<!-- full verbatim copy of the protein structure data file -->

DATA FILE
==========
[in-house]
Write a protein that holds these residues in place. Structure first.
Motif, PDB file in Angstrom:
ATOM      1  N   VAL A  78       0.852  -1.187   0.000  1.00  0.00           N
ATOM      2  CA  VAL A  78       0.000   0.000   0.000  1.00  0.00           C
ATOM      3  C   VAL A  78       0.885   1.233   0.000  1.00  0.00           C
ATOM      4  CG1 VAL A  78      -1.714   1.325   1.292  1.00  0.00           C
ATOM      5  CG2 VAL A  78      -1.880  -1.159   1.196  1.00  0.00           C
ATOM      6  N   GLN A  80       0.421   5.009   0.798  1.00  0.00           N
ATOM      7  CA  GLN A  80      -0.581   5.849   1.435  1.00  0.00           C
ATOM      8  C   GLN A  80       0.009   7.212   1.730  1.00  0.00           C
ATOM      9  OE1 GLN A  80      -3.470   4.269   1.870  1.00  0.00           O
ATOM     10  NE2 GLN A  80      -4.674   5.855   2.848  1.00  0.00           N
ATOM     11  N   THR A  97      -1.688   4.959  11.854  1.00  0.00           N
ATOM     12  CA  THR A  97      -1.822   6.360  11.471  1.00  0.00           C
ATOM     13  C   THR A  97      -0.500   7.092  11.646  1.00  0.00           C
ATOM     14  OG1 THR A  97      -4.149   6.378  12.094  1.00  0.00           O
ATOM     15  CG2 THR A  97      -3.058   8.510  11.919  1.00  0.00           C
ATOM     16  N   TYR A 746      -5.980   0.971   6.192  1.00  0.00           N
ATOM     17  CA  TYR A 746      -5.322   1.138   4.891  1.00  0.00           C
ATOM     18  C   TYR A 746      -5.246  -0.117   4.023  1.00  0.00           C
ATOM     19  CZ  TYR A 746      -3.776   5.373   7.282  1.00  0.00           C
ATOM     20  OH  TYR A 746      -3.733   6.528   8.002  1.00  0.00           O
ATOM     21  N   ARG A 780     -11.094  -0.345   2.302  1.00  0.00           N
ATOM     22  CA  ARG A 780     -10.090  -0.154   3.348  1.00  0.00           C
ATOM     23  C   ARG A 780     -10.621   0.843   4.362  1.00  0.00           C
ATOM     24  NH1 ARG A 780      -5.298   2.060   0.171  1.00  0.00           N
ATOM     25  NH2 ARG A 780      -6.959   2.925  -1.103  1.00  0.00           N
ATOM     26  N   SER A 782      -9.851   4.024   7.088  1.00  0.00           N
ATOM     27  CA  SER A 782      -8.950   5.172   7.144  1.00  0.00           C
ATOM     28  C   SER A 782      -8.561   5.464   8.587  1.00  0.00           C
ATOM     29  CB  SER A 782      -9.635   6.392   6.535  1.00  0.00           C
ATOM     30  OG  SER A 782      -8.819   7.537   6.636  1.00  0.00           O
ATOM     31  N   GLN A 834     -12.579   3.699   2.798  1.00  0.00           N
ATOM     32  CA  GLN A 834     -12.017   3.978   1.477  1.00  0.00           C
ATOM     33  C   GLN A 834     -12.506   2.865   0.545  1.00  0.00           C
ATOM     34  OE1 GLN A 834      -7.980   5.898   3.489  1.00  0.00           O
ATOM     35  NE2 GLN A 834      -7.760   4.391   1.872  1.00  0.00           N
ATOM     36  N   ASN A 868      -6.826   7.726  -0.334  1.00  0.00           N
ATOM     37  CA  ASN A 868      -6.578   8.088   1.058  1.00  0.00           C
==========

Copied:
[in-house]
Write a protein that holds these residues in place. Structure first.
Motif, PDB file in Angstrom:
ATOM      1  N   VAL A  78       0.852  -1.187   0.000  1.00  0.00           N
ATOM      2  CA  VAL A  78       0.000   0.000   0.000  1.00  0.00           C
ATOM      3  C   VAL A  78       0.885   1.233   0.000  1.00  0.00           C
ATOM      4  CG1 VAL A  78      -1.714   1.325   1.292  1.00  0.00           C
ATOM      5  CG2 VAL A  78      -1.880  -1.159   1.196  1.00  0.00           C
ATOM      6  N   GLN A  80       0.421   5.009   0.798  1.00  0.00           N
ATOM      7  CA  GLN A  80      -0.581   5.849   1.435  1.00  0.00           C
ATOM      8  C   GLN A  80       0.009   7.212   1.730  1.00  0.00           C
ATOM      9  OE1 GLN A  80      -3.470   4.269   1.870  1.00  0.00           O
ATOM     10  NE2 GLN A  80      -4.674   5.855   2.848  1.00  0.00           N
ATOM     11  N   THR A  97      -1.688   4.959  11.854  1.00  0.00           N
ATOM     12  CA  THR A  97      -1.822   6.360  11.471  1.00  0.00           C
ATOM     13  C   THR A  97      -0.500   7.092  11.646  1.00  0.00           C
ATOM     14  OG1 THR A  97      -4.149   6.378  12.094  1.00  0.00           O
ATOM     15  CG2 THR A  97      -3.058   8.510  11.919  1.00  0.00           C
ATOM     16  N   TYR A 746      -5.980   0.971   6.192  1.00  0.00           N
ATOM     17  CA  TYR A 746      -5.322   1.138   4.891  1.00  0.00           C
ATOM     18  C   TYR A 746      -5.246  -0.117   4.023  1.00  0.00           C
ATOM     19  CZ  TYR A 746      -3.776   5.373   7.282  1.00  0.00           C
ATOM     20  OH  TYR A 746      -3.733   6.528   8.002  1.00  0.00           O
ATOM     21  N   ARG A 780     -11.094  -0.345   2.302  1.00  0.00           N
ATOM     22  CA  ARG A 780     -10.090  -0.154   3.348  1.00  0.00           C
ATOM     23  C   ARG A 780     -10.621   0.843   4.362  1.00  0.00           C
ATOM     24  NH1 ARG A 780      -5.298   2.060   0.171  1.00  0.00           N
ATOM     25  NH2 ARG A 780      -6.959   2.925  -1.103  1.00  0.00           N
ATOM     26  N   SER A 782      -9.851   4.024   7.088  1.00  0.00           N
ATOM     27  CA  SER A 782      -8.950   5.172   7.144  1.00  0.00           C
ATOM     28  C   SER A 782      -8.561   5.464   8.587  1.00  0.00           C
ATOM     29  CB  SER A 782      -9.635   6.392   6.535  1.00  0.00           C
ATOM     30  OG  SER A 782      -8.819   7.537   6.636  1.00  0.00           O
ATOM     31  N   GLN A 834     -12.579   3.699   2.798  1.00  0.00           N
ATOM     32  CA  GLN A 834     -12.017   3.978   1.477  1.00  0.00           C
ATOM     33  C   GLN A 834     -12.506   2.865   0.545  1.00  0.00           C
ATOM     34  OE1 GLN A 834      -7.980   5.898   3.489  1.00  0.00           O
ATOM     35  NE2 GLN A 834      -7.760   4.391   1.872  1.00  0.00           N
ATOM     36  N   ASN A 868      -6.826   7.726  -0.334  1.00  0.00           N
ATOM     37  CA  ASN A 868      -6.578   8.088   1.058  1.00  0.00           C